Silver Wings on Blue captures history of WASPs during WWII


Photo by Sophia Gill.

Drama Club performs Silver Wings on Blue in November.

The LHS Drama Club’s recent production of Silver Wings on Blue successfully captured the history and experience of the women involved in the Women’s Air Force Service Pilots (WASPs). Under the play’s director, Mel Syverson, Ariana Burns’ script revealed some of the struggles and challenges women faced to become pilots in the military during World War II.

The play begins by recounting the history of some of the women involved in the WASPs program and introduces a WASPs graduate, played by Kate Pernsteiner, who sings about the pilots throughout the story. It then flashes back to a pilot named Jacqueline “Jackie” Cochran (Rachel Sheppard) successfully persuading General “Hap” Arnold (Lane Riggs) to allow women to pilot airplanes for the military in a new program called the WASPs.

The next scene introduces women joining the new WASPs program and the challenges they face. To meet the requirements to fly, Captain Garret (Dekin Carney) and an instructor (Piper Rickman) teach them about aviation.

Shortly after meeting the flight requirements, pilot Ellen “Stevie” Stevenson (Lauren Gibbs) dies in a plane crash. As Minkie Campbell (Dax Alexander) helps with Stevenson’s funeral preparations, she learns that she and other pilots do not have military status after their death. Grace Task (Madeline Gibson) also discovers that the pilots do not have military coverage for medical issues after she has dental problems.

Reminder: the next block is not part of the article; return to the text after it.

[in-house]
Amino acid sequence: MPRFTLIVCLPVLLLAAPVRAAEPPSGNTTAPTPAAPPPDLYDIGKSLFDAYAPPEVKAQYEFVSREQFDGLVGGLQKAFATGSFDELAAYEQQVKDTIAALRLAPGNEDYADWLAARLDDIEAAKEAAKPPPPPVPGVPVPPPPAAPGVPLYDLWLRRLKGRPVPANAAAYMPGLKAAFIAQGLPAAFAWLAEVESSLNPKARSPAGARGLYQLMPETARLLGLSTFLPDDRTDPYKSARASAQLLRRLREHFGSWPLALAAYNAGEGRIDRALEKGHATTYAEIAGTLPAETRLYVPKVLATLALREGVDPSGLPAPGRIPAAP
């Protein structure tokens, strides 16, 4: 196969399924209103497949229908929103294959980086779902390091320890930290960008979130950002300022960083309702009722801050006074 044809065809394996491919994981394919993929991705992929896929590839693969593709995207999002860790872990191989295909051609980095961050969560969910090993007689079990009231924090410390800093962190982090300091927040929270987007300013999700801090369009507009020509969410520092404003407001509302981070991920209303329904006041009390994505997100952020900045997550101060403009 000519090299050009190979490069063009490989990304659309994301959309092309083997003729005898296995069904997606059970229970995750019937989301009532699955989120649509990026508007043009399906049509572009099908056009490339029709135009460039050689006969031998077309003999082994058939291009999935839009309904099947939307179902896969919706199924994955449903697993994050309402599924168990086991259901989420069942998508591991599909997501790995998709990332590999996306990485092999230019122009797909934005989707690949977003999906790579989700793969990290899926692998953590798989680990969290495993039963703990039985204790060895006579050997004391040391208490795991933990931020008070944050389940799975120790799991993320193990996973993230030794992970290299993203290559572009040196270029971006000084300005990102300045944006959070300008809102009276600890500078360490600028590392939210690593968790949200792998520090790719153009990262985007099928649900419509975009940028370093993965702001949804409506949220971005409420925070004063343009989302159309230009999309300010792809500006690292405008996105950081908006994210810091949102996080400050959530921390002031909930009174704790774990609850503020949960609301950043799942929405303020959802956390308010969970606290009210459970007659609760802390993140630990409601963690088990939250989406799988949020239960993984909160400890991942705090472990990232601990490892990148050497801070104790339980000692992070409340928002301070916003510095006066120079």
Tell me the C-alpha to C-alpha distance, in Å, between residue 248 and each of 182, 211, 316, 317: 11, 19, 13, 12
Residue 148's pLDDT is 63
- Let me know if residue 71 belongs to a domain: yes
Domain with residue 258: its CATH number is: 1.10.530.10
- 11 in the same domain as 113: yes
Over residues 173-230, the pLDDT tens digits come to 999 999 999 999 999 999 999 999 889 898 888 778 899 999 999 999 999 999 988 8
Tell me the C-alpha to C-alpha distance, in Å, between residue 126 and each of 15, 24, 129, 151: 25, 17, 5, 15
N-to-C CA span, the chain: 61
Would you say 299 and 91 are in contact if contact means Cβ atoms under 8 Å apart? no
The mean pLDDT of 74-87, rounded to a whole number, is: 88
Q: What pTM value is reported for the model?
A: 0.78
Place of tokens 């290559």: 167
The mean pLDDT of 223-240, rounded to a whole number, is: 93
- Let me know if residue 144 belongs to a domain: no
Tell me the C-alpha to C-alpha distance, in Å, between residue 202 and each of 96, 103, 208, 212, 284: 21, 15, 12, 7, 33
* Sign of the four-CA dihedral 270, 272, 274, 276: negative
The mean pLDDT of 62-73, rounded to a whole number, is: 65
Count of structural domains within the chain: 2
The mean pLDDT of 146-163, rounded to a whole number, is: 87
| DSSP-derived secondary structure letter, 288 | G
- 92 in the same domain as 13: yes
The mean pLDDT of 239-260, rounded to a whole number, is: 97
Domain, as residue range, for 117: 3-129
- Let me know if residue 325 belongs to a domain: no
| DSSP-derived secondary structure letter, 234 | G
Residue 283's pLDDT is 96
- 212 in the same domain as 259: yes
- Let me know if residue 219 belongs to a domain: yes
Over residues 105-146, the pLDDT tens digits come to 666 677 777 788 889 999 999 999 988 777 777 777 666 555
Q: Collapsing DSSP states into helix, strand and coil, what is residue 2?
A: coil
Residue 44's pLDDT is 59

It then becomes the pilots’ biggest struggle to try to convince the government to militarize the WASPs program to gain military status and benefits.

At the play’s resolution, the pilots prepare for the possible militarization of the WASPs program, but Congress ultimately turns down the bill.

Overall, Silver Wings on Blue presents an interesting take on a rarely-covered topic. The mid-paced plot successfully captures the history of the pilots and the WASPs without feeling rushed or too slow. The use of historical facts adds to the dialogue and the story. Further, the set designs brought the right setting to the play, successfully matching the tone and topic of the piece.

Although the play might not capture the attention of every audience member, with some conflicts told rather than shown, the play deserves a 4/5 for its creative portrayal of history.